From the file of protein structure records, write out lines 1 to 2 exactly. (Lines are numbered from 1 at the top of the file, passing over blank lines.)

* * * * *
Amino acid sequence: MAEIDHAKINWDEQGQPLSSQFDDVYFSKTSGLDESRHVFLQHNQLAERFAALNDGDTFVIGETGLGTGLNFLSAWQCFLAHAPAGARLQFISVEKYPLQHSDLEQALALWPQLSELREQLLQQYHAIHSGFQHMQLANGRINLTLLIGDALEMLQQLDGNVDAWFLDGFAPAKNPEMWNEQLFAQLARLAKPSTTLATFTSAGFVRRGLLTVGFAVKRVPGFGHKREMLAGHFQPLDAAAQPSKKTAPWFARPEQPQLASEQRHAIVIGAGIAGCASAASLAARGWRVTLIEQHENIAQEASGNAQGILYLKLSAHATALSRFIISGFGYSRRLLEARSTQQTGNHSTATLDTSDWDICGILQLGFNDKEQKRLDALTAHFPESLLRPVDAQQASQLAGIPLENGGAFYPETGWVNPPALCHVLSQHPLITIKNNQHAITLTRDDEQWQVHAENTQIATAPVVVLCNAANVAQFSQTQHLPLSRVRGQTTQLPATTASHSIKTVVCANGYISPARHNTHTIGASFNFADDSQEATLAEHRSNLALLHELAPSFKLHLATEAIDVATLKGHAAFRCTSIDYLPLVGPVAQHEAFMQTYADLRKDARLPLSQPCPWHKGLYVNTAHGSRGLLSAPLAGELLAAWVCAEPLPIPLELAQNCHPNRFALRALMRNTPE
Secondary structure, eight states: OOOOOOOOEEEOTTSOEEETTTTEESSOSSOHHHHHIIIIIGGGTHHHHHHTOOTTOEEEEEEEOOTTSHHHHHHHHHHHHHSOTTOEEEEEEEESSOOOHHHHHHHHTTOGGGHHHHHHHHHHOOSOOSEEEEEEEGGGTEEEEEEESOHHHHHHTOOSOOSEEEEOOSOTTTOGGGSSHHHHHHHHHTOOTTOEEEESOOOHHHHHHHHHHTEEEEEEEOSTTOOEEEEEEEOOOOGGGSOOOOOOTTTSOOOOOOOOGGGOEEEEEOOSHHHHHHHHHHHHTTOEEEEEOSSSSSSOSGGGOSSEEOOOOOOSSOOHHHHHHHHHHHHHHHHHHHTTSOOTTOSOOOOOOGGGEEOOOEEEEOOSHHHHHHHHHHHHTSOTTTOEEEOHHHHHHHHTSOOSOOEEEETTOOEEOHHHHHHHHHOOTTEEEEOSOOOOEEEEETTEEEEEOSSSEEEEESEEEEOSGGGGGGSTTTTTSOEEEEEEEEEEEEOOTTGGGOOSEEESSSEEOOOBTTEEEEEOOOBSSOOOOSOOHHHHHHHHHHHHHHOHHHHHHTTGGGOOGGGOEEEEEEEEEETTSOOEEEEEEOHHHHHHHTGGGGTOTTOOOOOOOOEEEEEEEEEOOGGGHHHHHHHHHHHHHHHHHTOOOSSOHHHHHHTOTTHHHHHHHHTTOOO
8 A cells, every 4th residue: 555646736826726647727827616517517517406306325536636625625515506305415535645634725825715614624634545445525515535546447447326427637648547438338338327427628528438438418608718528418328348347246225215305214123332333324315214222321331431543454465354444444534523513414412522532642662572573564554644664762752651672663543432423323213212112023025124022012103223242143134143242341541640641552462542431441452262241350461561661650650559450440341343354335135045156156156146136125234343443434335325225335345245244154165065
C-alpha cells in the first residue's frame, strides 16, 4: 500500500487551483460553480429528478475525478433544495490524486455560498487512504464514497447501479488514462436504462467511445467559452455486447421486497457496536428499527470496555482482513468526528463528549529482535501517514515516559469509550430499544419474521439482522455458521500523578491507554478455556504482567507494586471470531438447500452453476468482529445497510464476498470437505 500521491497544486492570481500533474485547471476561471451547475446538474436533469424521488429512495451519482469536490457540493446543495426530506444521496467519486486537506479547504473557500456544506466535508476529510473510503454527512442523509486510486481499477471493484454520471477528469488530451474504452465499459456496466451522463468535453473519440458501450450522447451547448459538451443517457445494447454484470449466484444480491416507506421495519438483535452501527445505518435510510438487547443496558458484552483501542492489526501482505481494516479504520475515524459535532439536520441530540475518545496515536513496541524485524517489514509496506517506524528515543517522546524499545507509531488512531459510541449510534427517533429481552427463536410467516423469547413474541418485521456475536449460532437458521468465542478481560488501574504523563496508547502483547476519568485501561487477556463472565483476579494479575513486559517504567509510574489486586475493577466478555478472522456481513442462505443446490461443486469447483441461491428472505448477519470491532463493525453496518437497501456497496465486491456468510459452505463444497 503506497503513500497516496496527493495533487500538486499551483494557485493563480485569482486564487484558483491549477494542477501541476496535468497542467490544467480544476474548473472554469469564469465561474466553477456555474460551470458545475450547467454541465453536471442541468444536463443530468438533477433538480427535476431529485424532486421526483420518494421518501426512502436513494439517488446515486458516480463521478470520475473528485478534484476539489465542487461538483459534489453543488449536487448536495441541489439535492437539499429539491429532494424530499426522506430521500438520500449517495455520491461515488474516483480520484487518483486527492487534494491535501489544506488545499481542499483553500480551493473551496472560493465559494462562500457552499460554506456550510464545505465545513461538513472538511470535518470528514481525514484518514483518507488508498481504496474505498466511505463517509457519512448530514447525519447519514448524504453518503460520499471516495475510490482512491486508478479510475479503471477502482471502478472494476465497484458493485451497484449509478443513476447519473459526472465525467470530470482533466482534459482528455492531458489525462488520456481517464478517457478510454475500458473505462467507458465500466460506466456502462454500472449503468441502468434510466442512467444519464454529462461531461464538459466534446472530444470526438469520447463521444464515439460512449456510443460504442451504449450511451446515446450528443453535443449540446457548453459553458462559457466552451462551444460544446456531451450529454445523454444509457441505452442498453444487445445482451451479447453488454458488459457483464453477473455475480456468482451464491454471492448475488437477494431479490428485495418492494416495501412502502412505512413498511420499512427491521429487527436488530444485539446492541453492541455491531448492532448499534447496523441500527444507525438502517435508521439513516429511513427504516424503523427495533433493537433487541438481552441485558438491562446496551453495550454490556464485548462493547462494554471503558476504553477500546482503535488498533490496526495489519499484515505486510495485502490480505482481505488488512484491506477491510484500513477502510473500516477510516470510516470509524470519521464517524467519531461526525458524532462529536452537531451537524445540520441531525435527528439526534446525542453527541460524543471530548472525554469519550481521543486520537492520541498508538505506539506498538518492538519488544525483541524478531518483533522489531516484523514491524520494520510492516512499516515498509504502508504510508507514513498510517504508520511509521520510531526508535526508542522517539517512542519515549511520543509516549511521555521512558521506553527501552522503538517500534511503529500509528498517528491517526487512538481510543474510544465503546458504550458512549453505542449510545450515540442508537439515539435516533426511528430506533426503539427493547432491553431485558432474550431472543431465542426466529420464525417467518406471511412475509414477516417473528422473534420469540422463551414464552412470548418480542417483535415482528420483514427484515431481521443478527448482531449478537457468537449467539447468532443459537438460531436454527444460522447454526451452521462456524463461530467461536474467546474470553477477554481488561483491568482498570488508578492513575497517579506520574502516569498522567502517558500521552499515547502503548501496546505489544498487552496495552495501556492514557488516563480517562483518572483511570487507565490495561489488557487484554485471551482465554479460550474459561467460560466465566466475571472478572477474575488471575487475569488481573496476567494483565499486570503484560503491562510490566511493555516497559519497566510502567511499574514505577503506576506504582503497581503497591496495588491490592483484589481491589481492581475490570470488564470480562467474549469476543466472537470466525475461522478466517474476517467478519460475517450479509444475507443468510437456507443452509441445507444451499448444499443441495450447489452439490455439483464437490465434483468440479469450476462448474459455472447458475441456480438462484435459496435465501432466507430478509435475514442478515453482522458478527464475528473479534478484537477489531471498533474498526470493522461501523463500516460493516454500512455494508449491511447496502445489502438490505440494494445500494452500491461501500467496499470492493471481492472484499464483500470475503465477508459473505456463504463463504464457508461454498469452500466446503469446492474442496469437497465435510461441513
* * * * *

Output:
Amino acid sequence: MAEIDHAKINWDEQGQPLSSQFDDVYFSKTSGLDESRHVFLQHNQLAERFAALNDGDTFVIGETGLGTGLNFLSAWQCFLAHAPAGARLQFISVEKYPLQHSDLEQALALWPQLSELREQLLQQYHAIHSGFQHMQLANGRINLTLLIGDALEMLQQLDGNVDAWFLDGFAPAKNPEMWNEQLFAQLARLAKPSTTLATFTSAGFVRRGLLTVGFAVKRVPGFGHKREMLAGHFQPLDAAAQPSKKTAPWFARPEQPQLASEQRHAIVIGAGIAGCASAASLAARGWRVTLIEQHENIAQEASGNAQGILYLKLSAHATALSRFIISGFGYSRRLLEARSTQQTGNHSTATLDTSDWDICGILQLGFNDKEQKRLDALTAHFPESLLRPVDAQQASQLAGIPLENGGAFYPETGWVNPPALCHVLSQHPLITIKNNQHAITLTRDDEQWQVHAENTQIATAPVVVLCNAANVAQFSQTQHLPLSRVRGQTTQLPATTASHSIKTVVCANGYISPARHNTHTIGASFNFADDSQEATLAEHRSNLALLHELAPSFKLHLATEAIDVATLKGHAAFRCTSIDYLPLVGPVAQHEAFMQTYADLRKDARLPLSQPCPWHKGLYVNTAHGSRGLLSAPLAGELLAAWVCAEPLPIPLELAQNCHPNRFALRALMRNTPE
Secondary structure, eight states: OOOOOOOOEEEOTTSOEEETTTTEESSOSSOHHHHHIIIIIGGGTHHHHHHTOOTTOEEEEEEEOOTTSHHHHHHHHHHHHHSOTTOEEEEEEEESSOOOHHHHHHHHTTOGGGHHHHHHHHHHOOSOOSEEEEEEEGGGTEEEEEEESOHHHHHHTOOSOOSEEEEOOSOTTTOGGGSSHHHHHHHHHTOOTTOEEEESOOOHHHHHHHHHHTEEEEEEEOSTTOOEEEEEEEOOOOGGGSOOOOOOTTTSOOOOOOOOGGGOEEEEEOOSHHHHHHHHHHHHTTOEEEEEOSSSSSSOSGGGOSSEEOOOOOOSSOOHHHHHHHHHHHHHHHHHHHTTSOOTTOSOOOOOOGGGEEOOOEEEEOOSHHHHHHHHHHHHTSOTTTOEEEOHHHHHHHHTSOOSOOEEEETTOOEEOHHHHHHHHHOOTTEEEEOSOOOOEEEEETTEEEEEOSSSEEEEESEEEEOSGGGGGGSTTTTTSOEEEEEEEEEEEEOOTTGGGOOSEEESSSEEOOOBTTEEEEEOOOBSSOOOOSOOHHHHHHHHHHHHHHOHHHHHHTTGGGOOGGGOEEEEEEEEEETTSOOEEEEEEOHHHHHHHTGGGGTOTTOOOOOOOOEEEEEEEEEOOGGGHHHHHHHHHHHHHHHHHTOOOSSOHHHHHHTOTTHHHHHHHHTTOOO